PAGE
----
Abstract: The paper concerns a random property T of a manufactured product that must with high probability e.g. P* = 95% exceed a specified quantity ηa called the characteristic value (CV). However the product comes from any one of K different subpopulations that may represent such things as manufacturers, regions or countries; the distribution of T will generally differ from one subpopulation to another and so will the associated CV ηka, = 1,…,K. Moreover in applications such as the one we focus on in this paper where the subpopulations are species, the subpopulation of origin will, for both strategic or practical reasons, not be known. The problem confronted in this paper is the creation of a single CV for the population consisting of the union of all the subpopulations. A solution proposed long ago in the application concerning manufactured lumber that is addressed in this paper, selects a subset of the subpopulations using random samples of the T s, called the subset of controlling species CS, that includes the smallest of the {ηka} with high probability. The estimated CV for the entire population is then found by combining and treating as one, the samples for the subpopulations in CS. That method has been published in an ASTM standards document for the lumber industry to ensure the structural engineering strength of manufactured lumber. However this published method has been shown to have some unexpected and undesirable properties, leading to the search for an alternative and this paper. The paper presents and compares three subset selection methods. The simplest of the three methods is an extension of a classical nonparametric method for subset selection. The remaining two, which are more complex, are variations of nonparametric Bayesian methods. Each of the three is seen as a possible candidate for consideration by ASTM committees as a possible replacement for the ASTM method for lumber species depending on what criterion is ultimately used for its selection. But they may well apply in other contexts as well. PubDate: 2018-12-03 DOI: 10.1007/s13171-018-00157-w

Abstract: We propose two novel hyper nonlocal priors for variable selection in generalized linear models. To obtain these priors, we first derive two new priors for generalized linear models that combine the Fisher information matrix with the Johnson-Rossell moment and inverse moment priors. We then obtain our hyper nonlocal priors from our nonlocal Fisher information priors by assigning hyperpriors to their scale parameters. As a consequence, the hyper nonlocal priors bring less information on the effect sizes than the Fisher information priors, and thus are very useful in practice whenever the prior knowledge of effect size is lacking. We develop a Laplace integration procedure to compute posterior model probabilities, and we show that under certain regularity conditions the proposed methods are variable selection consistent. We also show that, when compared to local priors, our hyper nonlocal priors lead to faster accumulation of evidence in favor of a true null hypothesis. Simulation studies that consider binomial, Poisson, and negative binomial regression models indicate that our methods select true models with higher success rates than other existing Bayesian methods. Furthermore, the simulation studies show that our methods lead to mean posterior probabilities for the true models that are closer to their empirical success rates. Finally, we illustrate the application of our methods with an analysis of the Pima Indians diabetes dataset. PubDate: 2018-11-17 DOI: 10.1007/s13171-018-0151-9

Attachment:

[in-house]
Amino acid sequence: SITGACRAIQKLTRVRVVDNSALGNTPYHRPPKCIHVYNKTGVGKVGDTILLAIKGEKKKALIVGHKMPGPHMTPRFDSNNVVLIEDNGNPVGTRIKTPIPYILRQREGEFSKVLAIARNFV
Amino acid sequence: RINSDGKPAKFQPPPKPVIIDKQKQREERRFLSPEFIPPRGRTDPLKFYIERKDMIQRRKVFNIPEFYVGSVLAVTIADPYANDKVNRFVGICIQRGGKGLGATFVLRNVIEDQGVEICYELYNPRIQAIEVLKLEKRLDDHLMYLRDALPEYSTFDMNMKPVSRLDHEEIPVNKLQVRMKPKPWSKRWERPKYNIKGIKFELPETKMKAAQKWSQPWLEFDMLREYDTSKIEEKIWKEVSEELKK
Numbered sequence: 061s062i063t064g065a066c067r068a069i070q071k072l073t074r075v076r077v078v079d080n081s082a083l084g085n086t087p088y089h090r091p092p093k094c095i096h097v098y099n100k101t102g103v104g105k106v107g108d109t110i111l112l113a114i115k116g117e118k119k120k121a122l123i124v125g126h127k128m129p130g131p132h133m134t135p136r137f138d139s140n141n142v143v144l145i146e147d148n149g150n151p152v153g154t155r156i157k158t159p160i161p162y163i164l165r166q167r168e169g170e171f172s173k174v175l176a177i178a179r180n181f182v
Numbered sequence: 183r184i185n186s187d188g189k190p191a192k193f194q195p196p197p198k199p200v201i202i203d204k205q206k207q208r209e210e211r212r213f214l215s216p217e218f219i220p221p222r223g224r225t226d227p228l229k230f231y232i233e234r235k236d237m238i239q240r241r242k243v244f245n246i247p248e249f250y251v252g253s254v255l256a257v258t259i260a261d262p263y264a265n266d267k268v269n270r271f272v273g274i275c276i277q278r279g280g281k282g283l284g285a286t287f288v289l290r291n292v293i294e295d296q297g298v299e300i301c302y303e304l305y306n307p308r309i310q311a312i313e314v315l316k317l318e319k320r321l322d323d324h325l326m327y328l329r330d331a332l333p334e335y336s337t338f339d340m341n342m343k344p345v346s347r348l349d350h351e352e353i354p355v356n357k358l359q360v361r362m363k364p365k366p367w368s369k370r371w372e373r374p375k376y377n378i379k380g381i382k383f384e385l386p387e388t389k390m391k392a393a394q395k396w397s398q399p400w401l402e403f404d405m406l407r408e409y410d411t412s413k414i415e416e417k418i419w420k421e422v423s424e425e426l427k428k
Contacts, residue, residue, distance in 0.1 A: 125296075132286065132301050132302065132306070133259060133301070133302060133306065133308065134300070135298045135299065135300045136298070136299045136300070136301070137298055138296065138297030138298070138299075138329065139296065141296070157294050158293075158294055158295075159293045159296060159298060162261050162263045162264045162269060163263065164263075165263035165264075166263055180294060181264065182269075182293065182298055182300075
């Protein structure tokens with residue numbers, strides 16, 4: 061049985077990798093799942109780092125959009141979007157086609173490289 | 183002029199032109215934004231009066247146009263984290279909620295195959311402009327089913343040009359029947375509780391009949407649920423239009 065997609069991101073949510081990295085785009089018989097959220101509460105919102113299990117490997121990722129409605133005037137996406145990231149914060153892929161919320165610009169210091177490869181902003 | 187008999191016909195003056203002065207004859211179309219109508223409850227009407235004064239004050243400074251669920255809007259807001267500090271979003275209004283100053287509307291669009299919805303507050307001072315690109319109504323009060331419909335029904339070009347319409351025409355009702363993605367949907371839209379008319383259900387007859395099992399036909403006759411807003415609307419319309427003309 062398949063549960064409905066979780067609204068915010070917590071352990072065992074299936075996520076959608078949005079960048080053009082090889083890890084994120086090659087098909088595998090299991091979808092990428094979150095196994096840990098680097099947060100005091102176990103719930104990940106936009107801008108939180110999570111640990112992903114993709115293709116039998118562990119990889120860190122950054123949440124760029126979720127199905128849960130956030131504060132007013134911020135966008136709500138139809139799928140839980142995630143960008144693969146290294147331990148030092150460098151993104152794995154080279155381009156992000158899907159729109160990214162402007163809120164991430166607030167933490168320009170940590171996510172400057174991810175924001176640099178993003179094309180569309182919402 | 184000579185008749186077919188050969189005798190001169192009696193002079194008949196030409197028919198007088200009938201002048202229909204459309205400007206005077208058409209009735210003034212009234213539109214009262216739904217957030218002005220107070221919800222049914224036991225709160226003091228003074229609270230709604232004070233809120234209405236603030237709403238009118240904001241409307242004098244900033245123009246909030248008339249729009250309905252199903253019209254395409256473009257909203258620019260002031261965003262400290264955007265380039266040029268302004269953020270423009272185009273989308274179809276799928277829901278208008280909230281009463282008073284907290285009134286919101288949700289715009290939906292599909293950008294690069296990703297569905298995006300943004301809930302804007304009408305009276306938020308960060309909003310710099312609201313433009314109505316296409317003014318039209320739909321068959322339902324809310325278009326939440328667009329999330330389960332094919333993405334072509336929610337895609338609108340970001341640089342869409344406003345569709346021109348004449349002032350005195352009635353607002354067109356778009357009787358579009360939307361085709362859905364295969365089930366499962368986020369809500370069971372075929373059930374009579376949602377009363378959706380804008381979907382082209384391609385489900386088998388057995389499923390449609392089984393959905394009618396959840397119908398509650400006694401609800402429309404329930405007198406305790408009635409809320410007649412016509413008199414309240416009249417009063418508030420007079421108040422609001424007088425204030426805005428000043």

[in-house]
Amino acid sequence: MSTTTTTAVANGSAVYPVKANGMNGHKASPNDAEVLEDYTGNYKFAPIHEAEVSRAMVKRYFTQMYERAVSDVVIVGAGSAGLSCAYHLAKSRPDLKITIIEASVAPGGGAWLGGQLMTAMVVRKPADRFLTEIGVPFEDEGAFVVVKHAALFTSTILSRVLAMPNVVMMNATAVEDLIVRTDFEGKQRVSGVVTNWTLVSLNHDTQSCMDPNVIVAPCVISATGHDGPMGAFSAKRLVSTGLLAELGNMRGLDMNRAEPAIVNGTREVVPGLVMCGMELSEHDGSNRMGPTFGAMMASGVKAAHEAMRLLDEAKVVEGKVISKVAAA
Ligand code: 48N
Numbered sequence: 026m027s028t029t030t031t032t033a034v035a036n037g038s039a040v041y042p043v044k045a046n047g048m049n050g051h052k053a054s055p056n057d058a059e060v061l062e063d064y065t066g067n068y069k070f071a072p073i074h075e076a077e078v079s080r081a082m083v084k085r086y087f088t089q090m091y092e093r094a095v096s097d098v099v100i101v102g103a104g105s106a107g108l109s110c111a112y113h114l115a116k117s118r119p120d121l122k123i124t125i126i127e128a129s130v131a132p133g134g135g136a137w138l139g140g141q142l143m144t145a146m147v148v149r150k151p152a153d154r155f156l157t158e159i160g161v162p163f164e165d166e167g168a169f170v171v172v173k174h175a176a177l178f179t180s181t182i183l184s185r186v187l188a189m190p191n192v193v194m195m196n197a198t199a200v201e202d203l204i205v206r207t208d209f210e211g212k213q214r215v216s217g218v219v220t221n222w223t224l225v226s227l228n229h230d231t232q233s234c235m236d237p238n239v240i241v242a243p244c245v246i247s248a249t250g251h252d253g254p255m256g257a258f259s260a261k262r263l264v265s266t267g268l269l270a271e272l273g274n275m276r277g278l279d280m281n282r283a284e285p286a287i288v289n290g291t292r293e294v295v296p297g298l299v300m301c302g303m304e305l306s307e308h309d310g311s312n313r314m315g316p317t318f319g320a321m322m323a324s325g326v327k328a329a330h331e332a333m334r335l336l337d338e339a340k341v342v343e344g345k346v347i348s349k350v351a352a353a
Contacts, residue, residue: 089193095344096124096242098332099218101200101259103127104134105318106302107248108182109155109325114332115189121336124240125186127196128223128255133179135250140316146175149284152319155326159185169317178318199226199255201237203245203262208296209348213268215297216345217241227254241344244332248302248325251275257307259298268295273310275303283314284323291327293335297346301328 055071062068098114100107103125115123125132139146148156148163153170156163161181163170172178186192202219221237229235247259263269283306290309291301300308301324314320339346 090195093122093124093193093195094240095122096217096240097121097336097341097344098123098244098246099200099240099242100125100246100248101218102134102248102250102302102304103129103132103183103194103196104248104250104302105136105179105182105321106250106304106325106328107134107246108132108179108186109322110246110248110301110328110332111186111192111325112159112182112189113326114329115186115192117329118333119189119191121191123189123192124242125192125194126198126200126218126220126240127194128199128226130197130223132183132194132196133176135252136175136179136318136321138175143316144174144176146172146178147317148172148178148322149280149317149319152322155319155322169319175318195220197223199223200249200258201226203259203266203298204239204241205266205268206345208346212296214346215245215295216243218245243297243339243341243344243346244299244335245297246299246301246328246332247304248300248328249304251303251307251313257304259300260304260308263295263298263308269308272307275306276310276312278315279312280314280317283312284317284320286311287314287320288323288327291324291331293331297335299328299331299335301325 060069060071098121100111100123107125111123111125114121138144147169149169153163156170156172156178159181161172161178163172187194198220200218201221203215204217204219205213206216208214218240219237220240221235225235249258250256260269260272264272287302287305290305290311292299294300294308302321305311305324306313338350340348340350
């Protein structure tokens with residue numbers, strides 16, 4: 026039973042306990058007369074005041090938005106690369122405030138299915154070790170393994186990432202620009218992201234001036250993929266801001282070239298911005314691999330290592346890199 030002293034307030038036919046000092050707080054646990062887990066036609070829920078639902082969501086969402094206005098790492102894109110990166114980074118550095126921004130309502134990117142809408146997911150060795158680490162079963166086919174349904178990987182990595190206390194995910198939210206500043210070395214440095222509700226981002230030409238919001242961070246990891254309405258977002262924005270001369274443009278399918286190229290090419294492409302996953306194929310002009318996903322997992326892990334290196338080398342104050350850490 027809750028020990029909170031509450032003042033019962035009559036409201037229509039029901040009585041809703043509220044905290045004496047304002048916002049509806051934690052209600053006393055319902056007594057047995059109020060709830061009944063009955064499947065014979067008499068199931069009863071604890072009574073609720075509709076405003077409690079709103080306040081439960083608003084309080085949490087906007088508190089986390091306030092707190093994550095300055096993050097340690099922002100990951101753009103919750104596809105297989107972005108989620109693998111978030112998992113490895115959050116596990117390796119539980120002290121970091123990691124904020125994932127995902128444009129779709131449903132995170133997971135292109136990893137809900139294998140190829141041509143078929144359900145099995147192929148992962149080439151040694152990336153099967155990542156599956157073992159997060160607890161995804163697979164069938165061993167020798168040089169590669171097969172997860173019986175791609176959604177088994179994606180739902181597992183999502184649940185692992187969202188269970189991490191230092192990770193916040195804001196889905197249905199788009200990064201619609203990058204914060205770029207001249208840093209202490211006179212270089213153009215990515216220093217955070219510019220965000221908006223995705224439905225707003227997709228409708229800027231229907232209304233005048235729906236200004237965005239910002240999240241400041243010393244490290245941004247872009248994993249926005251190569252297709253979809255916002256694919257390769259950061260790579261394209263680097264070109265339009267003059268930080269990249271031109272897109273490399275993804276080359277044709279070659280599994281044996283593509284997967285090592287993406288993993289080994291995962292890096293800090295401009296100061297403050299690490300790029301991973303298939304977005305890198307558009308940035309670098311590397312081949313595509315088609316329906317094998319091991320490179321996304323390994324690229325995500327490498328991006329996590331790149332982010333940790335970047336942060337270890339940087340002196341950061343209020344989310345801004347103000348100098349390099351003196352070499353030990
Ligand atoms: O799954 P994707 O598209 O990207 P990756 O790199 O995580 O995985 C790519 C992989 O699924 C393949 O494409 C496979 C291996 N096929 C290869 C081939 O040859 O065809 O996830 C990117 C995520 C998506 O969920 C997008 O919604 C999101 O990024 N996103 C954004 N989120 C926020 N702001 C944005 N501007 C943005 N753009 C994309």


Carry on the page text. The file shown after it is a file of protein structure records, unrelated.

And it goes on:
Abstract: Debiased estimation has long been an area of research in the group testing literature. This has led to the development of several estimators with the goal of bias minimization and, recently, an unbiased estimator based on sequential binomial sampling. Previous research, however, has focused heavily on the simple case where no misclassification is assumed and only one trait is to be tested. In this paper, we consider the problem of unbiased estimation in these broader areas, giving constructions of such estimators for several cases. We show that, outside of the standard case addressed previously in the literature, it is impossible to find any proper unbiased estimator, that is, an estimator giving only values in the parameter space. This is shown to hold generally under any binomial or multinomial sampling plans. PubDate: 2018-11-15 DOI: 10.1007/s13171-018-0156-4

Abstract: Gui et al. (2017) proposed the Lindley geometric distribution, derived its properties including estimation issues and illustrated a data application. We introduce a new family of distributions containing the Lindley geometric distribution as a particular case. The new family is shown to provide significantly better fits. We also point out errors in various properties derived by Gui et al. (2017). PubDate: 2018-11-10 DOI: 10.1007/s13171-018-0150-x